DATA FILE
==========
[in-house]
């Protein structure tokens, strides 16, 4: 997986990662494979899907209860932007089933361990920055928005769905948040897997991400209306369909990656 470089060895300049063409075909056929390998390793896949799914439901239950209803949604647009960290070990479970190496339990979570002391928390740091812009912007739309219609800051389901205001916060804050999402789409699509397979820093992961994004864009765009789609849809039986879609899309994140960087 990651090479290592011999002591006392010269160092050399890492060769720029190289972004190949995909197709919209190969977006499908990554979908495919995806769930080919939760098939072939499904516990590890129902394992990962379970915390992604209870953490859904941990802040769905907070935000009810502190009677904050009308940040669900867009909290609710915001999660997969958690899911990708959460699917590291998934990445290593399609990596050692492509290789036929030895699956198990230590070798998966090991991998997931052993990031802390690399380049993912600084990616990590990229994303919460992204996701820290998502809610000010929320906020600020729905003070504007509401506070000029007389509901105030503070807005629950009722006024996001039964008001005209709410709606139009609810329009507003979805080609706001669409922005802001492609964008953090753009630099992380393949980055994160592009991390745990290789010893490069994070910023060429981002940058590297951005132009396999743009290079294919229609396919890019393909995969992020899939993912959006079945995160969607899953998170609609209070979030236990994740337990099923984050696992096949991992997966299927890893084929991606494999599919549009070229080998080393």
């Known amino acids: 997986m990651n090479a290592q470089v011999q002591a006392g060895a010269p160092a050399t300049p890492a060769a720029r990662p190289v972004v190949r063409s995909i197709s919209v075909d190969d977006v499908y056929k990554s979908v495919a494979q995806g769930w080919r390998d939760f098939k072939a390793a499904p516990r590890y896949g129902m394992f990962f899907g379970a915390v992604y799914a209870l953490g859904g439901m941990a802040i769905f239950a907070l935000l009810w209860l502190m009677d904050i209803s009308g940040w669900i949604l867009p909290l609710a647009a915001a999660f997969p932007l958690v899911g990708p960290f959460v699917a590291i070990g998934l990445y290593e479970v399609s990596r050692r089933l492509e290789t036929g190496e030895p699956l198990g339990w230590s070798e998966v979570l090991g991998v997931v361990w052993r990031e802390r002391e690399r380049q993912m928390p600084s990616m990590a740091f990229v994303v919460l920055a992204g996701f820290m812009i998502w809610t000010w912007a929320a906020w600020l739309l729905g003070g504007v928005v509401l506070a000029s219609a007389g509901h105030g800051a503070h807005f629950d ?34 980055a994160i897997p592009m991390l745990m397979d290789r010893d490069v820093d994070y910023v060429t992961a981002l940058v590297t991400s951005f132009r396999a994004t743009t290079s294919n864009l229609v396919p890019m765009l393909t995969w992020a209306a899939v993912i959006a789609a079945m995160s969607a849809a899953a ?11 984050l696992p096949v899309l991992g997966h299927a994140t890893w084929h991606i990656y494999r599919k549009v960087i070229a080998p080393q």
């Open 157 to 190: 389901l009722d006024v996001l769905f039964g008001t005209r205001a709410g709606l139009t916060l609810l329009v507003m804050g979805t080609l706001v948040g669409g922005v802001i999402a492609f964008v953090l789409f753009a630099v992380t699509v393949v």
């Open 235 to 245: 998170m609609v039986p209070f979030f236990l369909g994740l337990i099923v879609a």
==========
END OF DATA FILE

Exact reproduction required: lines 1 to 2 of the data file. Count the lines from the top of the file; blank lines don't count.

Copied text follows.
[in-house]
């Protein structure tokens, strides 16, 4: 997986990662494979899907209860932007089933361990920055928005769905948040897997991400209306369909990656 470089060895300049063409075909056929390998390793896949799914439901239950209803949604647009960290070990479970190496339990979570002391928390740091812009912007739309219609800051389901205001916060804050999402789409699509397979820093992961994004864009765009789609849809039986879609899309994140960087 990651090479290592011999002591006392010269160092050399890492060769720029190289972004190949995909197709919209190969977006499908990554979908495919995806769930080919939760098939072939499904516990590890129902394992990962379970915390992604209870953490859904941990802040769905907070935000009810502190009677904050009308940040669900867009909290609710915001999660997969958690899911990708959460699917590291998934990445290593399609990596050692492509290789036929030895699956198990230590070798998966090991991998997931052993990031802390690399380049993912600084990616990590990229994303919460992204996701820290998502809610000010929320906020600020729905003070504007509401506070000029007389509901105030503070807005629950009722006024996001039964008001005209709410709606139009609810329009507003979805080609706001669409922005802001492609964008953090753009630099992380393949980055994160592009991390745990290789010893490069994070910023060429981002940058590297951005132009396999743009290079294919229609396919890019393909995969992020899939993912959006079945995160969607899953998170609609209070979030236990994740337990099923984050696992096949991992997966299927890893084929991606494999599919549009070229080998080393």